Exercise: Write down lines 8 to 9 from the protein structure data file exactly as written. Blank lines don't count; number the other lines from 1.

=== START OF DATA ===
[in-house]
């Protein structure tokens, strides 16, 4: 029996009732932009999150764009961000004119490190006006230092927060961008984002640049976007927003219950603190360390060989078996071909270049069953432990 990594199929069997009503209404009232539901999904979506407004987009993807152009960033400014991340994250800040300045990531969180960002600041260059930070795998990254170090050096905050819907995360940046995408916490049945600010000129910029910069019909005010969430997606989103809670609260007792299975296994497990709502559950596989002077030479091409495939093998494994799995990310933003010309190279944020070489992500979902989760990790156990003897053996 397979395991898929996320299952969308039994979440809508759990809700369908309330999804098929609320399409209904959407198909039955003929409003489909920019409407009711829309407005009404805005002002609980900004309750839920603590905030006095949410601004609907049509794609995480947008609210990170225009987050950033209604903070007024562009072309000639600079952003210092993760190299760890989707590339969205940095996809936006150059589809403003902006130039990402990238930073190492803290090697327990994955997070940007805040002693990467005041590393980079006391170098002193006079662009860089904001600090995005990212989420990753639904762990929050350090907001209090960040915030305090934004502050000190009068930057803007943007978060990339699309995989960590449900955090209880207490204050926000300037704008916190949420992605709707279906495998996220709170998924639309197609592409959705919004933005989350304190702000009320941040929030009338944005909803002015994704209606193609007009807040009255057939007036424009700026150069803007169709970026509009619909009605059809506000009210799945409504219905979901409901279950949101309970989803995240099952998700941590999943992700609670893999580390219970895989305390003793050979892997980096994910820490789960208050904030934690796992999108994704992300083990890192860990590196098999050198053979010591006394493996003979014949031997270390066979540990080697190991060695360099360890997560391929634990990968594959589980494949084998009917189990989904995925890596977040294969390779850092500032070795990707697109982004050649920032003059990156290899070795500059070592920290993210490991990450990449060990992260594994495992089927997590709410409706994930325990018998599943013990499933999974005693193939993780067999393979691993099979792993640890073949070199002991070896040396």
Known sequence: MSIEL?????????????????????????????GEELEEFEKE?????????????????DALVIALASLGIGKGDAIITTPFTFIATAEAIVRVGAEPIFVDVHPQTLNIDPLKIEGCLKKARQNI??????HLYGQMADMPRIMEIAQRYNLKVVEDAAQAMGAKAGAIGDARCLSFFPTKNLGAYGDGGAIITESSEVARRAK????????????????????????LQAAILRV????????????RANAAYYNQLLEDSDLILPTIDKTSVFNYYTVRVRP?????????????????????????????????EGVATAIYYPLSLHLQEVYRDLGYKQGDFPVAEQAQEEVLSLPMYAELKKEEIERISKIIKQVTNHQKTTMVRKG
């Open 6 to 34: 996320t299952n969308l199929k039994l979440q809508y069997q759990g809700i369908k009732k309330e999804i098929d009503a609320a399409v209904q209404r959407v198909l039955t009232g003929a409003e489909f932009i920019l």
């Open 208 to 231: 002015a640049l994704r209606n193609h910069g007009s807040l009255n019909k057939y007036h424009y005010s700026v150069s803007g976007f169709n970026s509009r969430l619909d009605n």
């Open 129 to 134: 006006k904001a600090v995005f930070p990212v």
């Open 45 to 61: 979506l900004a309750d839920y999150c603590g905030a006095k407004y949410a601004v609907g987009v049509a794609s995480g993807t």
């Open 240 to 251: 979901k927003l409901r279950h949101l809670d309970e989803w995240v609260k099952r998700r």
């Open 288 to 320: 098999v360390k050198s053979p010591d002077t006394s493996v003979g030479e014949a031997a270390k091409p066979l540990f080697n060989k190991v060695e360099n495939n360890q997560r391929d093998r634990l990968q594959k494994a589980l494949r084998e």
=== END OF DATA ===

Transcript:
């Open 240 to 251: 979901k927003l409901r279950h949101l809670d309970e989803w995240v609260k099952r998700r």
């Open 288 to 320: 098999v360390k050198s053979p010591d002077t006394s493996v003979g030479e014949a031997a270390k091409p066979l540990f080697n060989k190991v060695e360099n495939n360890q997560r391929d093998r634990l990968q594959k494994a589980l494949r084998e």